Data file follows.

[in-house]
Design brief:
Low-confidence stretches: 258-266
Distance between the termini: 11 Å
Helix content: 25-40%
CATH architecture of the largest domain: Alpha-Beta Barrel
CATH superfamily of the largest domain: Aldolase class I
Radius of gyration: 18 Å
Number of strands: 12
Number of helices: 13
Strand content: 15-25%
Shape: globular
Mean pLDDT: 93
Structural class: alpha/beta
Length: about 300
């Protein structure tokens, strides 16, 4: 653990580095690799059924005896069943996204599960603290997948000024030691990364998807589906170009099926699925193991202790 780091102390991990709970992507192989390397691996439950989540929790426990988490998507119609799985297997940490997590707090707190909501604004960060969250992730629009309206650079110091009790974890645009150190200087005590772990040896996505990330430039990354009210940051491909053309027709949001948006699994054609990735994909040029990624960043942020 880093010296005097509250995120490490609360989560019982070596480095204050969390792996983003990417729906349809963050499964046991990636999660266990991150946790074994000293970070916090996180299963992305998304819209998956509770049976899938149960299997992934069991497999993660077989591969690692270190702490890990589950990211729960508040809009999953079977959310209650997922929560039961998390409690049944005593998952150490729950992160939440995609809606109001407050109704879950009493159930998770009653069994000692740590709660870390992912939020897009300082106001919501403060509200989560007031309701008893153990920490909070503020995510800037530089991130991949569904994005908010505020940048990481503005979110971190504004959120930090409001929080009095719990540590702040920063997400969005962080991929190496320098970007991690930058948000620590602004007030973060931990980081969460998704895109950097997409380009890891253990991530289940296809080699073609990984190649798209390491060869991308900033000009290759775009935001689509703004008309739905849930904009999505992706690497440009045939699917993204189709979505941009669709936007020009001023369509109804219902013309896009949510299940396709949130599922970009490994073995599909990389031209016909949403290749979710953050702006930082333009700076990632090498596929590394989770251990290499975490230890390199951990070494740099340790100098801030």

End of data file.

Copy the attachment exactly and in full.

[in-house]
Design brief:
Low-confidence stretches: 258-266
Distance between the termini: 11 Å
Helix content: 25-40%
CATH architecture of the largest domain: Alpha-Beta Barrel
CATH superfamily of the largest domain: Aldolase class I
Radius of gyration: 18 Å
Number of strands: 12
Number of helices: 13
Strand content: 15-25%
Shape: globular
Mean pLDDT: 93
Structural class: alpha/beta
Length: about 300
């Protein structure tokens, strides 16, 4: 653990580095690799059924005896069943996204599960603290997948000024030691990364998807589906170009099926699925193991202790 780091102390991990709970992507192989390397691996439950989540929790426990988490998507119609799985297997940490997590707090707190909501604004960060969250992730629009309206650079110091009790974890645009150190200087005590772990040896996505990330430039990354009210940051491909053309027709949001948006699994054609990735994909040029990624960043942020 880093010296005097509250995120490490609360989560019982070596480095204050969390792996983003990417729906349809963050499964046991990636999660266990991150946790074994000293970070916090996180299963992305998304819209998956509770049976899938149960299997992934069991497999993660077989591969690692270190702490890990589950990211729960508040809009999953079977959310209650997922929560039961998390409690049944005593998952150490729950992160939440995609809606109001407050109704879950009493159930998770009653069994000692740590709660870390992912939020897009300082106001919501403060509200989560007031309701008893153990920490909070503020995510800037530089991130991949569904994005908010505020940048990481503005979110971190504004959120930090409001929080009095719990540590702040920063997400969005962080991929190496320098970007991690930058948000620590602004007030973060931990980081969460998704895109950097997409380009890891253990991530289940296809080699073609990984190649798209390491060869991308900033000009290759775009935001689509703004008309739905849930904009999505992706690497440009045939699917993204189709979505941009669709936007020009001023369509109804219902013309896009949510299940396709949130599922970009490994073995599909990389031209016909949403290749979710953050702006930082333009700076990632090498596929590394989770251990290499975490230890390199951990070494740099340790100098801030």